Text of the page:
21 Mar 2011

Who is the true heir of the SDP?

Just looked in on a seminar on a subject that those political obsessives amongst us can’t let go of –  the SDP.
It’s packed with ex-members, celebrated and unknown, who stand up one by one confessing, like an AA meeting, “I was a member of the SDP,” before launching into their own memories and analysis.

On the panel, Chris Huhne says it’s his party – the Lib Dems –  that is the true heir of the SDP. Bill Rodgers in the audience agrees but says that New Labour was the step heir.

Chris Huhne  also says there was a clear split between ex-Labour folk who joined the SDP … There were  the ones who were running screaming from Labour’s anti-European Union wing (they, broadly ended up in the Lib Dems, he argues) and those who were refugees from Labour’s 1980’s unilaterlism (they, he says, generally ended up wandering off with Dr Owen or elsewhere but couldn’t quite take the Liberals).

Greg Clarke (now a Tory minister) says that coming from a relatively humble background he might never have gone into politics if he hadn’t as a 16 year old been drawn to the new, more classless SDP. He argues that the Lib Dems aren’t really the heirs because they would’ve modernised anyway and shed their sandals as the “age of hippies” passed on across all politics and life.

And while the Commons debated Libya, Andrew Adonis reminded us of the occasionally convulsive power of conflict. Lord Adonis said that the Falklands war changed everything on the political scene. Without that rocket boost to Tory fortunes, he argues, it might all have been very different and the SDP might’ve soared. With that, they all toddled off, 30 years on from the SDP’s foundation, wistful looks in their eyes, into the night.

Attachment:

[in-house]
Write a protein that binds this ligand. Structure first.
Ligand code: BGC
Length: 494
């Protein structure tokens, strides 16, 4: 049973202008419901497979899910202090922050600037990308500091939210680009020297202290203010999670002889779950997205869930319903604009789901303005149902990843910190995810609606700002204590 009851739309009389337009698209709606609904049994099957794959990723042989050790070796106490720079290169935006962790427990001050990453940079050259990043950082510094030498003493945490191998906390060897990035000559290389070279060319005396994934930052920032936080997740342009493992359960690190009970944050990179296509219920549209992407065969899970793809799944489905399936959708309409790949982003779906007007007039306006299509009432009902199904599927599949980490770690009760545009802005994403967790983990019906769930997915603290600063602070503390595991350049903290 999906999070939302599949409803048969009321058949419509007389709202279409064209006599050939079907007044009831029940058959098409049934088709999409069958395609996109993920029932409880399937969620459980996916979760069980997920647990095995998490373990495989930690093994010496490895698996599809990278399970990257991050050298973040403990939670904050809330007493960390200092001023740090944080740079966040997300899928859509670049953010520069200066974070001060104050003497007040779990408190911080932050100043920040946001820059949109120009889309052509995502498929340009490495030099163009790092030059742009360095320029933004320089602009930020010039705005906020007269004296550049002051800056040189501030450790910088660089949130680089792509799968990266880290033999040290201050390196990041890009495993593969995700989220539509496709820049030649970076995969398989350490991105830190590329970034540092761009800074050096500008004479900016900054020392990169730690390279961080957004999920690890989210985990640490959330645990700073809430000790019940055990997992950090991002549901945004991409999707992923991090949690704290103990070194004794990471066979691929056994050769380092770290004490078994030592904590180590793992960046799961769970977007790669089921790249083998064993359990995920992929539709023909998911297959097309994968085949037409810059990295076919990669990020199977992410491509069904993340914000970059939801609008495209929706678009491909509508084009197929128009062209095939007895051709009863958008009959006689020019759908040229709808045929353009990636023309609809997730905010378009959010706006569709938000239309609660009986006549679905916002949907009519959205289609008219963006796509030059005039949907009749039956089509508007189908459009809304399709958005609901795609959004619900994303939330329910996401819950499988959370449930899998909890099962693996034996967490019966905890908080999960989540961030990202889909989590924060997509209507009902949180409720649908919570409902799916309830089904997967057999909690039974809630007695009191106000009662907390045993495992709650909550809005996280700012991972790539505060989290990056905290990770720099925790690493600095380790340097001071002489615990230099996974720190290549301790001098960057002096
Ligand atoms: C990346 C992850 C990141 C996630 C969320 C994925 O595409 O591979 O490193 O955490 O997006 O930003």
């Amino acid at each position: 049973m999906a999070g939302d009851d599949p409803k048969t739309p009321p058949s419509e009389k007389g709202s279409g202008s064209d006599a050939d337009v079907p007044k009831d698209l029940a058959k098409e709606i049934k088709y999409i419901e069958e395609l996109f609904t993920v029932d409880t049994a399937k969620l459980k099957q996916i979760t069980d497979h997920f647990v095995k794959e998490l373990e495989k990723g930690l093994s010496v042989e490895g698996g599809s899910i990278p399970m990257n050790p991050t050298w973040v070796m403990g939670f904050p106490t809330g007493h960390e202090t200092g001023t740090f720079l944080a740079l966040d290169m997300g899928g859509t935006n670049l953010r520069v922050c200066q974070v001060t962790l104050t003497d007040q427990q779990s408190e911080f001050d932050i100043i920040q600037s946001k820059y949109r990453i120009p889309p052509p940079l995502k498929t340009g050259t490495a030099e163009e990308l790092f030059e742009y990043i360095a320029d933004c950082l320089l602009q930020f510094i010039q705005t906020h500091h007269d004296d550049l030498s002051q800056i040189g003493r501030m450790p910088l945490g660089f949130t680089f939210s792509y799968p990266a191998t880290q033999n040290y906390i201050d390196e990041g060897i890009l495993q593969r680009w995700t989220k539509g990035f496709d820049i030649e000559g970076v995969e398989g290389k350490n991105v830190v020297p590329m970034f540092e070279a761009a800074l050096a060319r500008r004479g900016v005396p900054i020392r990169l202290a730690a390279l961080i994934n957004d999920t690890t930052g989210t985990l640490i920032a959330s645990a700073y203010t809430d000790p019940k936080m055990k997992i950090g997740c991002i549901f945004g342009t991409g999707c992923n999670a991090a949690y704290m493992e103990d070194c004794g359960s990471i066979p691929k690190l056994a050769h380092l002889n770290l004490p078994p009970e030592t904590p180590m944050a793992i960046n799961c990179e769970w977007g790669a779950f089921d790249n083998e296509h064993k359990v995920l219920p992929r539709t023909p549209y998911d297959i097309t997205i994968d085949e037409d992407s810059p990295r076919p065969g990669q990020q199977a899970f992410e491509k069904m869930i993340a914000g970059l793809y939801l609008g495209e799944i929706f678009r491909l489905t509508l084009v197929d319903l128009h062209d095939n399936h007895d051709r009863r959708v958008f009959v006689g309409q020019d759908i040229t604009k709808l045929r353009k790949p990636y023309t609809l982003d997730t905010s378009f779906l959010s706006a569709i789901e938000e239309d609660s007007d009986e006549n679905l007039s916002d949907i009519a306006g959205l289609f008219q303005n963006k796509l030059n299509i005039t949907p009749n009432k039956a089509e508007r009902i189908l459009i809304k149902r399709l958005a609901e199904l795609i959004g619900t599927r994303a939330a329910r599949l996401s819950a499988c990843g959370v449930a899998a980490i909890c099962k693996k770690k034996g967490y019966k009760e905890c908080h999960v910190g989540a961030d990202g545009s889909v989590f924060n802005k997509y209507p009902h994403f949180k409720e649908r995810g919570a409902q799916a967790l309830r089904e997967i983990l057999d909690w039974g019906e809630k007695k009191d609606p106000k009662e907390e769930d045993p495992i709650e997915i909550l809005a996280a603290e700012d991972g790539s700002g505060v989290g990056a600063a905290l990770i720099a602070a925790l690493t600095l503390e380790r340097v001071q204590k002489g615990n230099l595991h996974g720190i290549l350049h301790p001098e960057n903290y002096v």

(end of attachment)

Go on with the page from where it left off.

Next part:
Tweets by @garygibbonblog

2 reader comments

  1. Ray Turner says:

    Don’t mean to belittle your blog Gary, just the people who are debating this question (incl my MP it seems!), but honestly, who cares. It is irrelevant isn’t it..?

    Its something for politico’s to argue over when there’s nothing more important to worry about…

    But what about Libya, Japan, Afghanistan, the rising “cost of existing” etc…?

    My advice to the politicians is to stop mass debating over the legacy of the SDP and get on with sorting out the real-world problems that we all face today…

  2. Saltaire Sam says:

    I have always found Shirley Williams speaks more common sense than most politicians and wonder how different the fate of the SDP might have been if she had become leader.

    The answer to your question is that we will never know. What we have learned in recent years is that you can only judge a party by what it does in power. Blair seemed like a good idea until he became PM and Dubya’s best friend. Before the election we were all knocked out by Nick Clegg and his willingness to stand up for ordinary people agains the privileged few. Now we know better.

    We’ve always known what the tories are about because for some obscure reason they have been in power so often but I do seem to remember even Margaret Thatcher sounding quite reasonable (admittedly against some very extreme left wingers) before she took power. She even quoted St Francis.

    Perhaps the reason we still remember the SDP with some affection is that David Owen never became PM.

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